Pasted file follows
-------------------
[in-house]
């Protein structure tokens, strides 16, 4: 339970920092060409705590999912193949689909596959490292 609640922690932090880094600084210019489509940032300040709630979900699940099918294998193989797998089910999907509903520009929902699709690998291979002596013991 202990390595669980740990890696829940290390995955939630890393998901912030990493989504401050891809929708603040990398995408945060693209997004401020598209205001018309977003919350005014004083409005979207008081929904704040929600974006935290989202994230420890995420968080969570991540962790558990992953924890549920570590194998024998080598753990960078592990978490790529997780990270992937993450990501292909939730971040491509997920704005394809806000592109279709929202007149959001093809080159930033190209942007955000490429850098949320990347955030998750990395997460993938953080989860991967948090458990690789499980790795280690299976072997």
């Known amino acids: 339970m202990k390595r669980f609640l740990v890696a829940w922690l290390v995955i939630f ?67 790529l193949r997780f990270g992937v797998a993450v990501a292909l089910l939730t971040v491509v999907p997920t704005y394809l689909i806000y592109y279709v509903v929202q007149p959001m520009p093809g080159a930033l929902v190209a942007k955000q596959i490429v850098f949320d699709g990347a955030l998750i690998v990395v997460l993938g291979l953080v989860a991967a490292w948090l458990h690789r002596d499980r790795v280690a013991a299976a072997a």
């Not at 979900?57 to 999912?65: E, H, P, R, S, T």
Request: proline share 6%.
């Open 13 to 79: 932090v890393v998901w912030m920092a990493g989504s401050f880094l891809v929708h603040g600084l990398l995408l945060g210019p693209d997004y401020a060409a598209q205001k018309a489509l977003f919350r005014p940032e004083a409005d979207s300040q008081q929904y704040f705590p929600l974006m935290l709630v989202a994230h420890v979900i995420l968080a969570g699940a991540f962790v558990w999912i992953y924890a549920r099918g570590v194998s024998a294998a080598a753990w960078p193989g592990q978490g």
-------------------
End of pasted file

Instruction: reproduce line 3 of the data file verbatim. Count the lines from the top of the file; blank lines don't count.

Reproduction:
């Known amino acids: 339970m202990k390595r669980f609640l740990v890696a829940w922690l290390v995955i939630f ?67 790529l193949r997780f990270g992937v797998a993450v990501a292909l089910l939730t971040v491509v999907p997920t704005y394809l689909i806000y592109y279709v509903v929202q007149p959001m520009p093809g080159a930033l929902v190209a942007k955000q596959i490429v850098f949320d699709g990347a955030l998750i690998v990395v997460l993938g291979l953080v989860a991967a490292w948090l458990h690789r002596d499980r790795v280690a013991a299976a072997a």